And if you’re spending the money, why not on the guy you already know and like?
Kendricks is a free agent also, while Green is a cap casualty candidate. Green has a $3.5 million cap hit but the Chargers would save $2.7 million by letting him go.
Should they need to use it, the Chargers would be looking at a franchise figure of $11 million for Henry, per OvertheCap. That’s not insignificant, though the tight ends currently at the top of the pay spectrum weren’t all necessarily great in 2019: Zach Ertz, Greg Olsen, Jimmy Graham, Travis Kelce, and Jordan Reed are the top-5 highest paid tight ends for the 2020 season.
If he’s healthy, the 25-year-old Henry can certainly argue his value over all those guys save Kelce and Ertz. And in those cases, Henry can point out that he’s considerably younger than either. There are not even that many comparable examples to Henry based on age and talent at tight end to have signed contracts recently.
Tyler Higbee signed a four-year, $29 million extension with the LA Rams last year. Higbee caught 69 passes for 734 yards and three touchdowns last season and is now 27. Henry’s advantages include his age and that he’s been a rather dominant red zone threat, catching 14 touchdowns in 38 red zone targets over his career. The Oakland Raiders signed Darren Waller to what seems to be virtually the same deal as Higbee; Waller is also 27 and he caught 90 passes for 1,145 yards.
Knowing Henry’s injury history and that he’s not yet been able to put together that full season that he certainly seems capable of, it seems to track that a deal similar to Higbee and Waller makes sense. However, if LA seems intent on keeping him no matter what, his leverage of an $11 million franchise tag could potentially land him even more because playing one year for $11 million and staying healthy could net him a huge tight end payday in 2021.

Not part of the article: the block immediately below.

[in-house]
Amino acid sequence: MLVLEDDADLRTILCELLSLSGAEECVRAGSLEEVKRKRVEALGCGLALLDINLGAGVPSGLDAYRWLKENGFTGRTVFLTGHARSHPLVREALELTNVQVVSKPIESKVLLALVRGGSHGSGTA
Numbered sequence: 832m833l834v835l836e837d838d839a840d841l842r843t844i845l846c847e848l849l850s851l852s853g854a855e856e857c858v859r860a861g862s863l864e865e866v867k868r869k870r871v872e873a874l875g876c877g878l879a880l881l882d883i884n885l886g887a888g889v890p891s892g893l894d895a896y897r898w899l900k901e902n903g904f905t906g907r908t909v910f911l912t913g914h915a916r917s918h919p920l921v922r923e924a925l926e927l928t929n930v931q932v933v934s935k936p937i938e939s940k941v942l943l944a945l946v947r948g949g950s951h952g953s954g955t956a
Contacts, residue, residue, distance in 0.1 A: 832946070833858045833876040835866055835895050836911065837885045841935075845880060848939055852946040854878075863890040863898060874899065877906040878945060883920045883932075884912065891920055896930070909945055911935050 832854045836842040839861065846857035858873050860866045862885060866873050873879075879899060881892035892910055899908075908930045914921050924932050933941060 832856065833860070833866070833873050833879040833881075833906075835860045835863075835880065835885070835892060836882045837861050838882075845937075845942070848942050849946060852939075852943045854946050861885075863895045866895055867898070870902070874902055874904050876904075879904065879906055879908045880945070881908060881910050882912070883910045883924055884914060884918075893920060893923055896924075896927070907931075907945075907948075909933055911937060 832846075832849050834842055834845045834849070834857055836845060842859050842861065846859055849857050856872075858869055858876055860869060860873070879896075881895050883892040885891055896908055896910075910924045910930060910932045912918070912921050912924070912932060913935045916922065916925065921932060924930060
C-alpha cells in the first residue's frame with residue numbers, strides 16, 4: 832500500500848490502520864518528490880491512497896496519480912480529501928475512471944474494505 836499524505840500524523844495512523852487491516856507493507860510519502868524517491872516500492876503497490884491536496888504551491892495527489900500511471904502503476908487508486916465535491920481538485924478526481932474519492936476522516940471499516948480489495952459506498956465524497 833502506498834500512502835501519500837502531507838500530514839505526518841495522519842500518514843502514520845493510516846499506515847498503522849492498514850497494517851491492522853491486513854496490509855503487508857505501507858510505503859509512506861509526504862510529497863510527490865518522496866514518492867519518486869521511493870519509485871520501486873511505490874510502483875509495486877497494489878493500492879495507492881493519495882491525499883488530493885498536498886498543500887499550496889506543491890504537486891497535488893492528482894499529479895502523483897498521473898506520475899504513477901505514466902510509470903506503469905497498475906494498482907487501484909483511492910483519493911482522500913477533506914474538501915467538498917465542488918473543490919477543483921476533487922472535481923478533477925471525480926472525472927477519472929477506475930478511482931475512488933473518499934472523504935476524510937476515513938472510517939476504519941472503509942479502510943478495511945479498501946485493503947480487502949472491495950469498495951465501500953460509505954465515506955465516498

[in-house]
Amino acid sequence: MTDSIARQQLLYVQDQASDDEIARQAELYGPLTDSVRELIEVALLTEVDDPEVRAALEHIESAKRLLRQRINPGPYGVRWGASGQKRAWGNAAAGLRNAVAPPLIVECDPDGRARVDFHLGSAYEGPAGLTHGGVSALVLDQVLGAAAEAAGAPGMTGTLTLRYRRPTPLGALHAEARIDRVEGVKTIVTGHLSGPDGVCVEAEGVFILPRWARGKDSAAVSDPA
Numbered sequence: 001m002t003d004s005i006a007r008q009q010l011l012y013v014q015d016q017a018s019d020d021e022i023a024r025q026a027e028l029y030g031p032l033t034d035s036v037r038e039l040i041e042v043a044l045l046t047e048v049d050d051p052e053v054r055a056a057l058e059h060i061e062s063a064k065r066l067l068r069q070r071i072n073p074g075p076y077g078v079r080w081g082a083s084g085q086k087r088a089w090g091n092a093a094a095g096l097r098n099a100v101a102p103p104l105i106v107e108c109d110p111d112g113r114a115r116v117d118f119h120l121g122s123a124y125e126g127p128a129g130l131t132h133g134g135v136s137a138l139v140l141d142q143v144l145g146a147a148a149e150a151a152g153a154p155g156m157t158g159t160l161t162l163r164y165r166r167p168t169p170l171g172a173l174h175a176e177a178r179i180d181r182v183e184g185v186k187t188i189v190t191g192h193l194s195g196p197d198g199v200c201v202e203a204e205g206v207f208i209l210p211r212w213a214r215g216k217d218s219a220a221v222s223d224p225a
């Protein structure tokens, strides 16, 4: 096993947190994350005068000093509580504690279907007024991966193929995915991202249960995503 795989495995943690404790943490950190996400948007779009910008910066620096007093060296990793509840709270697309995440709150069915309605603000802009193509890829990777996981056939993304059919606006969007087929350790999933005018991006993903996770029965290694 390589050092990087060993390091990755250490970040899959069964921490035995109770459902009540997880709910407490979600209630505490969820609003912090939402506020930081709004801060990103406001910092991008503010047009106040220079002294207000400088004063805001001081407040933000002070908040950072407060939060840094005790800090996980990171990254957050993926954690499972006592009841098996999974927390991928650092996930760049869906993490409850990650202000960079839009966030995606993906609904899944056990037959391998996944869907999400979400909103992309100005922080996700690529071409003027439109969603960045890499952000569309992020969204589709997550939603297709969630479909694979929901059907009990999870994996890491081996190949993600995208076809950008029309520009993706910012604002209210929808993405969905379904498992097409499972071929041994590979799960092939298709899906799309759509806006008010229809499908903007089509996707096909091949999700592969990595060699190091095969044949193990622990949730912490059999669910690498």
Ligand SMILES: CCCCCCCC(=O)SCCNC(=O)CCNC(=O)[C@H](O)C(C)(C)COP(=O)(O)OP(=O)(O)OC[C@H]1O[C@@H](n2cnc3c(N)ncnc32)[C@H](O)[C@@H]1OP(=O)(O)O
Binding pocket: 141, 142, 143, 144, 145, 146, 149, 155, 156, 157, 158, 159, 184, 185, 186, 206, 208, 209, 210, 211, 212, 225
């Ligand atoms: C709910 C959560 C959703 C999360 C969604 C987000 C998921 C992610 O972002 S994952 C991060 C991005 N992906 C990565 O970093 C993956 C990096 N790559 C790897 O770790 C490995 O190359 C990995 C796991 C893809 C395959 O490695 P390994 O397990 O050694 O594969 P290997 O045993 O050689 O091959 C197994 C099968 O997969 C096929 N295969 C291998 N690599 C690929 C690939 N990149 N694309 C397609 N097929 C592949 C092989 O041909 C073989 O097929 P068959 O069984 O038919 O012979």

Hunter Henry - toe tapping like a dancer pic.twitter.com/ZJKCEV7oE4— Boston Cream (@itsbostoncream) January 16, 2020
If the Chargers risk not franchising him all the way to free agency, then he could test the market and never return. Henry’d likely be very popular on a market with so few capable receiving tight ends. With the exception of the Atlanta Falcons’ Austin Hooper, all other free agent options that LA could pursue would seem deflating compared to just retaining Henry.
Eric Ebron, Tyler Eifert, Charles Clay, Levin Toilolo, Luke Willson, MyCole Pruitt, Jacob Hollister round out some other options.
The 2020 NFL Draft has nothing in the way of an elite tight end you’d consider in round one, while the rest of the class seems similarly underwhelming. Not that the Chargers shouldn’t consider Henry insurance even if they re-sign him. If they end up not re-signing Henry, then there’s a good chance LA just won’t have that high end option in 2020 and will instead go back to focusing their targets on Keenan Allen, Mike Williams, and Austin Ekeler.
Ultimate preview: Just re-sign Hunter Henry.